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Hello, my name is Ryan Thornton. I am an American citizen and I am fluent in Italian and French. I would like to become an interpreter/translator in Italy, in Rome specifically. I received your contact information from the ATA.

I was wondering if you could indicate me how I should proceed: - What university experience is necessary to become an interpreter in Italy? - What certificates/diplomas, both Italian and American, are necessary to begin working as an interpreter in Italy? - What are job prospects for interpreter/translators in Italy, Rome specifically? - What organizations should I contact to find out more information? - What interpretation/translation companies could I already contact to have a clearer idea of how I should proceed?

Thank you, Sincerely,

asked 12 Dec '15, 09:14

Ryan%20Thornton's gravatar image

Ryan Thornton
21113


Salut Ryan,

tes questions sont aussi nombreuses que générales et ne se prêtent probablement pas à ce qu'on y réponde in extenso ici.

Quelques pistes pour orienter tes recherches :

  • Il y a différents types d'interprétation. Certains demandent un diplôme ou une autorisation d'exercer délivrée par l'Etat, d'autres non. Pour être interprète de conférence, il faut de nos jours, en plus d'une combinaison de langues demandée sur le marché géographique de ton choix, aussi un diplôme. La page suivante te donnera des informations précieuses quant à la façon de séparer le bon grain de l'ivraie, sur un continent où chaque grande ville se targue d'offrir une formation en interprétation de conférence : http://aiic.net/page/4052/initial-training/lang/1

  • Pour ton niveau de langues, "fluent" est une notion très vague. Le degré de perfection dans chacune de tes langues, y compris ta langue maternelle, sera déterminant. Il ne suffit pas de baragouiner un peu, souvent pas même avoir fait des études en langues étrangères n'assure un niveau adéquat pour commencer une formation d'interprète de conférence.

  • L'offre et la demande : garde à l'esprit que de nos jours, il y a des dizaines sinon des centaines ou milliers de personnes qui en Italie peuvent se targuer d'être elles aussi "fluent" dans tes trois langues. Si l'offre est excédentaire, les prix sont bas. A l'inverse, si une bonne rémunération est escomptée, il faut aussi un niveau qui surnage celui des concurrents.

En parcourant un peu le site, tu trouveras plus d'un fil de discussion qui illustrera la difficulté des études et des débuts dans la profession, entre un niveau élevé, une inflation de diplômés et une baisse progressive du volume total de travail. C'est une belle profession, il ne faut juste pas l'embrasser à la légère, car les sacrifices demandés sont nombreux et le Graal pas à la portée de chacun.

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answered 13 Dec '15, 06:58

G%C3%A1sp%C3%A1r's gravatar image

Gáspár ♦
6.7k141829

edited 14 Dec '15, 19:10

Hello Ryan, well done for thinking ahead! Preparation always pays off.

You will have to do some market research into your preferred domicile. Rome is a lovely city, though you have to have a high tolerance for bureaucracy. For translation work, you can live anywhere in the world, so Rome would be as good a place as any. For interpretation work, you will most likely have to be a local, as most organizations / businesses, etc., tend not to like to pay travel costs or hotels.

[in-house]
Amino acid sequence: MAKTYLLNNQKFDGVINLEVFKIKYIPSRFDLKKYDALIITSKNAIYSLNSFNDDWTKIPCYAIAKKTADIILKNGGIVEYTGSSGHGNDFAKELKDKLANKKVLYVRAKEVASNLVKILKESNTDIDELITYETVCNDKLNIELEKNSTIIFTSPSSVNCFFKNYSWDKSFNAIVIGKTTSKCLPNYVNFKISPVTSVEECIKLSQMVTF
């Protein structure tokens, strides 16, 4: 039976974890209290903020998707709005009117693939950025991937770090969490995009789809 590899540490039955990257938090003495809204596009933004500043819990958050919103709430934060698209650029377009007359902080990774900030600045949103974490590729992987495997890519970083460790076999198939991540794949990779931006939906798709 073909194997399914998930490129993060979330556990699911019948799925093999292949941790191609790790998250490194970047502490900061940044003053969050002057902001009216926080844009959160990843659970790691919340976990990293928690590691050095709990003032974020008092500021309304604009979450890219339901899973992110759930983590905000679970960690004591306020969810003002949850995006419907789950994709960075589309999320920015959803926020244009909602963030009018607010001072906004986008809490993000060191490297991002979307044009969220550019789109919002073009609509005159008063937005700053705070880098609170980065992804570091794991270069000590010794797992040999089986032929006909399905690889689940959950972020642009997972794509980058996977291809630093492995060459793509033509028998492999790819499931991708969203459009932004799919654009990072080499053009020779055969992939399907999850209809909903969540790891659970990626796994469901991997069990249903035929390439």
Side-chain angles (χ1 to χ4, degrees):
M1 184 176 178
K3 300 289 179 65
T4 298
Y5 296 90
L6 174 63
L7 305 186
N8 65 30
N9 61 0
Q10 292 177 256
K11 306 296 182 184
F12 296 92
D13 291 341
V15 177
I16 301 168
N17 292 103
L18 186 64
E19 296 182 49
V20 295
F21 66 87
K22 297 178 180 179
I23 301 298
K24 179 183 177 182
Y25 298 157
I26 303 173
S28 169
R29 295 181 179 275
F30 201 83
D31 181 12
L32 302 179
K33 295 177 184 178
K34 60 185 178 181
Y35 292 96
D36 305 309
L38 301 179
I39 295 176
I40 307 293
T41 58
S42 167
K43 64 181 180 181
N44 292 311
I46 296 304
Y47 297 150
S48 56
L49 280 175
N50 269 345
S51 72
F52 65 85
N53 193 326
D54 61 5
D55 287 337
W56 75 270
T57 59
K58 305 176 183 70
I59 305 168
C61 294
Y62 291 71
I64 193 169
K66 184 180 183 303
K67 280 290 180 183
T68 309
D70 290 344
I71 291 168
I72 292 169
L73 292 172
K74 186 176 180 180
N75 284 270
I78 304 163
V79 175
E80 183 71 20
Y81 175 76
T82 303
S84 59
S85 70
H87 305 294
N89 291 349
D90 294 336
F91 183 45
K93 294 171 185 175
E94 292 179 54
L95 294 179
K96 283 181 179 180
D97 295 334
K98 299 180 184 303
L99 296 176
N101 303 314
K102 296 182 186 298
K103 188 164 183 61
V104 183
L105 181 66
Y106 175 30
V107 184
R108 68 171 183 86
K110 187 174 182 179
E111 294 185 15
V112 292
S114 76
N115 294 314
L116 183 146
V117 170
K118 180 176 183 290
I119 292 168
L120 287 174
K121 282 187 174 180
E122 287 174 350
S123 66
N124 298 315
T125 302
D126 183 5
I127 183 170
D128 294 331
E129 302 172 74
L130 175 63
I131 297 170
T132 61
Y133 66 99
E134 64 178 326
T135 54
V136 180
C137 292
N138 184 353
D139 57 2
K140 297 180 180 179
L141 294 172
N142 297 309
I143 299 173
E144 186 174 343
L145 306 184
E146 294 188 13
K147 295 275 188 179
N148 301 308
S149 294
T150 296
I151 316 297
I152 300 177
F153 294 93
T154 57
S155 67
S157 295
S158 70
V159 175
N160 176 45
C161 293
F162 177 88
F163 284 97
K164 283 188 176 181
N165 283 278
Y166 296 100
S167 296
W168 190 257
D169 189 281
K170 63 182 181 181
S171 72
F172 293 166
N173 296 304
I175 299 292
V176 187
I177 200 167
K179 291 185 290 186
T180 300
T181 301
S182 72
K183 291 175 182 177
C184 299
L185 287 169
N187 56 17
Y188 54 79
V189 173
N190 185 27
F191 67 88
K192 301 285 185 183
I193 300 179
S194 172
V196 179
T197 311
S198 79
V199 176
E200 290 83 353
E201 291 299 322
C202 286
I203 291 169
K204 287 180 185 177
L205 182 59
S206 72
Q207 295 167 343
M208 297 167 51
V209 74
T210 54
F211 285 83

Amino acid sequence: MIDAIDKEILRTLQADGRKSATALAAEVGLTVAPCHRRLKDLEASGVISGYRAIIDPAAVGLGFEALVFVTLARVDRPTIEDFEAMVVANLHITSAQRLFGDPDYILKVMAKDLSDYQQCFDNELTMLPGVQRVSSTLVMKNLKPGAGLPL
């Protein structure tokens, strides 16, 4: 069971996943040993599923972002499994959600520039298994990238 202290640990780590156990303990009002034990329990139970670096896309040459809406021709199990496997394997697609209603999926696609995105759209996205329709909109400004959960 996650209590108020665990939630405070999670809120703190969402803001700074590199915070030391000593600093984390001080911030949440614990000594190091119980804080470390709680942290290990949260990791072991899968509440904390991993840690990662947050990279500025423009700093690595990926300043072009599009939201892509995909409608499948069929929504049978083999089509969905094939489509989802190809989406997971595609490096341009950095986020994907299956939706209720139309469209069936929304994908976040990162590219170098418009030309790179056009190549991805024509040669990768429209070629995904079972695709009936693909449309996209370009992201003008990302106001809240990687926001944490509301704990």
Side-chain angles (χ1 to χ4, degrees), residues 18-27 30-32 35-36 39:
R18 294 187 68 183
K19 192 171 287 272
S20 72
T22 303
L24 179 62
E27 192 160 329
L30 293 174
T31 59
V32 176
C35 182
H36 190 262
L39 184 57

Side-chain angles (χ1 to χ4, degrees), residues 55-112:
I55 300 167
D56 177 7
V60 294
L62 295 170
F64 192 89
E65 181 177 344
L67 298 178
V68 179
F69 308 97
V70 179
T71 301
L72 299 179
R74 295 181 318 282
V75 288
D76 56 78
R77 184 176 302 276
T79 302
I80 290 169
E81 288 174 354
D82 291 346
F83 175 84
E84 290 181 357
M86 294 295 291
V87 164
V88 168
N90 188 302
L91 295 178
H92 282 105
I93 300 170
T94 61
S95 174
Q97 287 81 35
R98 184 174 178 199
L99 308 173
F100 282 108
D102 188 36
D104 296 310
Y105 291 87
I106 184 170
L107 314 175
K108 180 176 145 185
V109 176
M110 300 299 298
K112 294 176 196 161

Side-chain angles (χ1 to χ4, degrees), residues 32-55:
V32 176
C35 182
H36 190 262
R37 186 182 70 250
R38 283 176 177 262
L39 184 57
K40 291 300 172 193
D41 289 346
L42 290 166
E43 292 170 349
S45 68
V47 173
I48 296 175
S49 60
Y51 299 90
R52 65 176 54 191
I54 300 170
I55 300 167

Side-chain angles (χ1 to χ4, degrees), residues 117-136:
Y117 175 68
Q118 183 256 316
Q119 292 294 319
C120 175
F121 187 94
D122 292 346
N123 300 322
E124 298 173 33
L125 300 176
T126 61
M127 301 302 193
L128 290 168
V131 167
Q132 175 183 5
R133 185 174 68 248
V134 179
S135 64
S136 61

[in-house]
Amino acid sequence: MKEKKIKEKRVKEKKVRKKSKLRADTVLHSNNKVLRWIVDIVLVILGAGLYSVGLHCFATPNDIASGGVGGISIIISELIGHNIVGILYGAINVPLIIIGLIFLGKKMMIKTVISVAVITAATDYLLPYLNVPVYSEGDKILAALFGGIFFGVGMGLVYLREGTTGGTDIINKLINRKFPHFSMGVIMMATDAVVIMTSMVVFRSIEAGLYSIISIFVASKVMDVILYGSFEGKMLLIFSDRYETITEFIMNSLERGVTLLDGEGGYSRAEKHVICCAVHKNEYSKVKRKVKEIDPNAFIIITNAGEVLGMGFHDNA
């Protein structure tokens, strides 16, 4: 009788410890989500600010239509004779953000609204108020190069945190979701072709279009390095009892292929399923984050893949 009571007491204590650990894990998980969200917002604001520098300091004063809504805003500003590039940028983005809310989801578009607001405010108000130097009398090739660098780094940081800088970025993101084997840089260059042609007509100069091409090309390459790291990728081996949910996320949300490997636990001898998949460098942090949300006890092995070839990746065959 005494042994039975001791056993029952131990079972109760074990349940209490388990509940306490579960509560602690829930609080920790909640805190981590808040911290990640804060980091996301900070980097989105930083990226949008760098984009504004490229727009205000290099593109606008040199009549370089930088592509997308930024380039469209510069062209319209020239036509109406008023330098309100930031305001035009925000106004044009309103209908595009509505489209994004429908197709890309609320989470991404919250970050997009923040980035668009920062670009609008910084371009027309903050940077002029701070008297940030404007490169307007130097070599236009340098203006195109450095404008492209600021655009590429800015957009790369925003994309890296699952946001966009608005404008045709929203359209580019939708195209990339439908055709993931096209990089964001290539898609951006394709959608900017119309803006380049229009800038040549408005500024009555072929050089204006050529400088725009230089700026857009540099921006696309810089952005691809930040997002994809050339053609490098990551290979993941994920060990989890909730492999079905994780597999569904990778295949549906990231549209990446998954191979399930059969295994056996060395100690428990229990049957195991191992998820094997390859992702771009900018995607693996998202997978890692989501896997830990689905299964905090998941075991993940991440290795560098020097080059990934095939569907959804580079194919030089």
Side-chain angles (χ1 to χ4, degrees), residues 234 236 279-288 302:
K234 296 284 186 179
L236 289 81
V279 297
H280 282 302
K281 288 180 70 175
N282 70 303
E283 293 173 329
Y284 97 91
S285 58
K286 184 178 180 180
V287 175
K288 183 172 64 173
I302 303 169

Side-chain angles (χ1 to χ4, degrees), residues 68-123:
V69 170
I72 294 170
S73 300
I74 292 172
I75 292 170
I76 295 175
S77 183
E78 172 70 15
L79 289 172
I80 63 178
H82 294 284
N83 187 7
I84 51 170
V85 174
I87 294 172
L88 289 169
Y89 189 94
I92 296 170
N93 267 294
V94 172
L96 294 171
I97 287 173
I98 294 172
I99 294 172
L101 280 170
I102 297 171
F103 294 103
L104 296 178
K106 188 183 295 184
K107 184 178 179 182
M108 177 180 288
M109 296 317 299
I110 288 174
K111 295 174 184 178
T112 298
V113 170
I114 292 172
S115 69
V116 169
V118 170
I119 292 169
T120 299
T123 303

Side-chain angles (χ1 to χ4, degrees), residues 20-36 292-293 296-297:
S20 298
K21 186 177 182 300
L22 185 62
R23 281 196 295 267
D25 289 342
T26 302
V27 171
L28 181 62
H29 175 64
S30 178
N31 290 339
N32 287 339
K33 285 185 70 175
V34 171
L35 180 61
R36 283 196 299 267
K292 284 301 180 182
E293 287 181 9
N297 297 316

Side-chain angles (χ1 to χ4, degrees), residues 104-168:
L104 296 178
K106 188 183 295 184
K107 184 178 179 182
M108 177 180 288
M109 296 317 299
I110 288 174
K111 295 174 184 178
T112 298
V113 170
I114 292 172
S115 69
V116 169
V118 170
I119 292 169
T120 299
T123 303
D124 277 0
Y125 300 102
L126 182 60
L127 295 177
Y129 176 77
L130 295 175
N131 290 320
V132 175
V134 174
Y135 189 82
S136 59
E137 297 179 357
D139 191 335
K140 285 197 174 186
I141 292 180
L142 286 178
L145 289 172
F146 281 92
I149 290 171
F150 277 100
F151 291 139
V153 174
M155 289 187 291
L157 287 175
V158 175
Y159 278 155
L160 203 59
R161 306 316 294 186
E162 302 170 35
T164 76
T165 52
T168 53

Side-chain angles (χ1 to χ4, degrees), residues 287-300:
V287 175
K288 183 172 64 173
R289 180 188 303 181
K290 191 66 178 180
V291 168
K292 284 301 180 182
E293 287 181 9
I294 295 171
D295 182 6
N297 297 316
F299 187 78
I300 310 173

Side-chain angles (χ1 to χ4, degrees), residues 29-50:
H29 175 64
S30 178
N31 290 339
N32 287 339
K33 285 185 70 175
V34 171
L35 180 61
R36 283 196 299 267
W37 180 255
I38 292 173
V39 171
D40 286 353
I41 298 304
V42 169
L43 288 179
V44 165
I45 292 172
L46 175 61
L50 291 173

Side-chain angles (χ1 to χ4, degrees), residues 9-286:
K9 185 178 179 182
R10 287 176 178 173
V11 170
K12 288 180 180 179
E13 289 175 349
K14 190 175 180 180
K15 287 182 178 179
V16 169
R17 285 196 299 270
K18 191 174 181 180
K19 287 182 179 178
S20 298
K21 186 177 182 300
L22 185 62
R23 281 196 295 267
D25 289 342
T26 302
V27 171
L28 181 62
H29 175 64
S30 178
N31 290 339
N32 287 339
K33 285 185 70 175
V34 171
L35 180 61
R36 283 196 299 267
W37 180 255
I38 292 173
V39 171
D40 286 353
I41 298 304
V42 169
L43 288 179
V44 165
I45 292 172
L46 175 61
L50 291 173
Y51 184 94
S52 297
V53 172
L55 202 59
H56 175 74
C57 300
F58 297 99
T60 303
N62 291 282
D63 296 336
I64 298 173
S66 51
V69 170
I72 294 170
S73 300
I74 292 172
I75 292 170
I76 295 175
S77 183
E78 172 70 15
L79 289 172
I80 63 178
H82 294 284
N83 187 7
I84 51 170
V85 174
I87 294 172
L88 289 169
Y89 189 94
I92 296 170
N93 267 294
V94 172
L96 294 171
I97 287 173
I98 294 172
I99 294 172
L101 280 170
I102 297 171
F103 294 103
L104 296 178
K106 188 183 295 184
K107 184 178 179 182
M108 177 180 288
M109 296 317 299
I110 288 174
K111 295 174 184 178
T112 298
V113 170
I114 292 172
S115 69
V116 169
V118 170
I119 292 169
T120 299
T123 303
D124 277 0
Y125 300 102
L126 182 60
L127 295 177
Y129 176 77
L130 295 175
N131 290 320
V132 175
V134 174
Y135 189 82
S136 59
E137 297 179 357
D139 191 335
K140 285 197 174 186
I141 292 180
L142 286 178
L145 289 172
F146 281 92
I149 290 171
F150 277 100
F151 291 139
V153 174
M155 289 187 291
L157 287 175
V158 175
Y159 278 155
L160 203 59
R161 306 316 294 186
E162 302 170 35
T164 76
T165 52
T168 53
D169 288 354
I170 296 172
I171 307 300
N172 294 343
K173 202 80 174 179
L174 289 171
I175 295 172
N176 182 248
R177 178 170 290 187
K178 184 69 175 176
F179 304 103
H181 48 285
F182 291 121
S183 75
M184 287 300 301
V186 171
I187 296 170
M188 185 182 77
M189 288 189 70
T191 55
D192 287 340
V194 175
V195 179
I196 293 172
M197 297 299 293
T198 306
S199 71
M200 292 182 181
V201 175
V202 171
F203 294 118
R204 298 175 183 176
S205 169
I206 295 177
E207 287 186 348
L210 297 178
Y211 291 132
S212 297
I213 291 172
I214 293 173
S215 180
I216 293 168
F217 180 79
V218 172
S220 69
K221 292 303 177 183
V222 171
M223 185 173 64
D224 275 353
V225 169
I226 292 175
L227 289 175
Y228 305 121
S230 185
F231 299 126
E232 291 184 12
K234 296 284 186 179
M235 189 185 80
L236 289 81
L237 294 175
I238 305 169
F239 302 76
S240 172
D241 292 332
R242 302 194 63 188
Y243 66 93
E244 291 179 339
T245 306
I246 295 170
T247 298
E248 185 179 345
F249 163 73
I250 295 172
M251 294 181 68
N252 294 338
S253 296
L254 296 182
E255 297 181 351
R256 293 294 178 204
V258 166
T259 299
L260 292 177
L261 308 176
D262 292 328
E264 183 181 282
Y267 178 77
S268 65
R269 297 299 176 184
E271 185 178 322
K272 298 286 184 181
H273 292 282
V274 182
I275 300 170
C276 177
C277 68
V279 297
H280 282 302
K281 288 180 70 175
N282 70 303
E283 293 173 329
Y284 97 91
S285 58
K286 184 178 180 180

In Rome, I am only familiar with the FAO, the WFP, and IFAD as international, UN-family organizations. To work for the UN family, you would have to add another language, either Russian or Spanish. Italian only comes in handy in rare cases, and only in a limited number of meetings. I don't know any agencies there, as I don't live there.

To work on the private market in any country, you would need to be able to work back and forth between your native language (your A language) and a foreign language (your B). As you would be living in Italy, I would make Italian your B, and leave French as a passive (C) language - one you understand very well, and may be able to speak well (but not as well as a B), and one you will not have to devote energy to keeping up to the same level of active use.

Your market research should show you, however, that Italian is not a promising interpreting market at the moment. Italian interpreting schools are producing a large number of interpreters every year for a finite and limited number of jobs. You will have some differences - an English A, for example - which could be either an advantage or a disadvantage, depending on how good you are at marketing and finding clients.

And, as Gaspar says, you will have to be very good in all your languages to make it into interpreting school, to graduate, and then to stand out on the market. This will require languages that are at the same level as judges, philosophers, bankers, nuclear physicists... This doesn't mean you yourself have to be all these things, but you have to be able to use the same vocabulary fluently, and understand the basic principles behind economics, physics, engineering, law, etc. So fluency is one thing, high-level fluency another, and your educational baggage yet another. Which is why I started out saying that preparation pays off.

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answered 15 Dec '15, 05:06

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JuliaP
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question asked: 12 Dec '15, 09:14

question was seen: 4,102 times

last updated: 15 Dec '15, 05:06

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